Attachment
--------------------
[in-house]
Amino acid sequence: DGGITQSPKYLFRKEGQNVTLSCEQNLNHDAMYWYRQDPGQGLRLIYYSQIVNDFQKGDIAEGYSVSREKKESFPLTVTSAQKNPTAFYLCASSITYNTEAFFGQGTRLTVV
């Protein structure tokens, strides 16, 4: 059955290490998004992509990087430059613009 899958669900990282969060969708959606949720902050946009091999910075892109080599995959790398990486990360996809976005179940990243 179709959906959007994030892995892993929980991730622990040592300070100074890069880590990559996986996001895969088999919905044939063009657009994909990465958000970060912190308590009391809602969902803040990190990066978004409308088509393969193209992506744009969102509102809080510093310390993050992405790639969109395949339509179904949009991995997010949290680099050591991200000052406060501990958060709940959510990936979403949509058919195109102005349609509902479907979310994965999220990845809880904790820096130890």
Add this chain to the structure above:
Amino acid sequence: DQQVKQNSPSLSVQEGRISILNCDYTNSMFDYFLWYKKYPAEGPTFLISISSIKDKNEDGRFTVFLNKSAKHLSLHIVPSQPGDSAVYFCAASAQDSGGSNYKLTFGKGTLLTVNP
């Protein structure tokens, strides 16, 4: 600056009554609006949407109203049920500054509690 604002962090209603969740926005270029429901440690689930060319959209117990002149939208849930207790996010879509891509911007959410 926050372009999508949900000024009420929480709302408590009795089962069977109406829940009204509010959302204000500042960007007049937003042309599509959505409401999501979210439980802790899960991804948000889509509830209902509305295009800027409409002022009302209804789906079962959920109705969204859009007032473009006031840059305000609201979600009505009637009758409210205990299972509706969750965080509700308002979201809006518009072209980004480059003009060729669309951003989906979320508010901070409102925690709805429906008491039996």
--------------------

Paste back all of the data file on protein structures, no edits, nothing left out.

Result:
[in-house]
Amino acid sequence: DGGITQSPKYLFRKEGQNVTLSCEQNLNHDAMYWYRQDPGQGLRLIYYSQIVNDFQKGDIAEGYSVSREKKESFPLTVTSAQKNPTAFYLCASSITYNTEAFFGQGTRLTVV
């Protein structure tokens, strides 16, 4: 059955290490998004992509990087430059613009 899958669900990282969060969708959606949720902050946009091999910075892109080599995959790398990486990360996809976005179940990243 179709959906959007994030892995892993929980991730622990040592300070100074890069880590990559996986996001895969088999919905044939063009657009994909990465958000970060912190308590009391809602969902803040990190990066978004409308088509393969193209992506744009969102509102809080510093310390993050992405790639969109395949339509179904949009991995997010949290680099050591991200000052406060501990958060709940959510990936979403949509058919195109102005349609509902479907979310994965999220990845809880904790820096130890």
Add this chain to the structure above:
Amino acid sequence: DQQVKQNSPSLSVQEGRISILNCDYTNSMFDYFLWYKKYPAEGPTFLISISSIKDKNEDGRFTVFLNKSAKHLSLHIVPSQPGDSAVYFCAASAQDSGGSNYKLTFGKGTLLTVNP
């Protein structure tokens, strides 16, 4: 600056009554609006949407109203049920500054509690 604002962090209603969740926005270029429901440690689930060319959209117990002149939208849930207790996010879509891509911007959410 926050372009999508949900000024009420929480709302408590009795089962069977109406829940009204509010959302204000500042960007007049937003042309599509959505409401999501979210439980802790899960991804948000889509509830209902509305295009800027409409002022009302209804789906079962959920109705969204859009007032473009006031840059305000609201979600009505009637009758409210205990299972509706969750965080509700308002979201809006518009072209980004480059003009060729669309951003989906979320508010901070409102925690709805429906008491039996």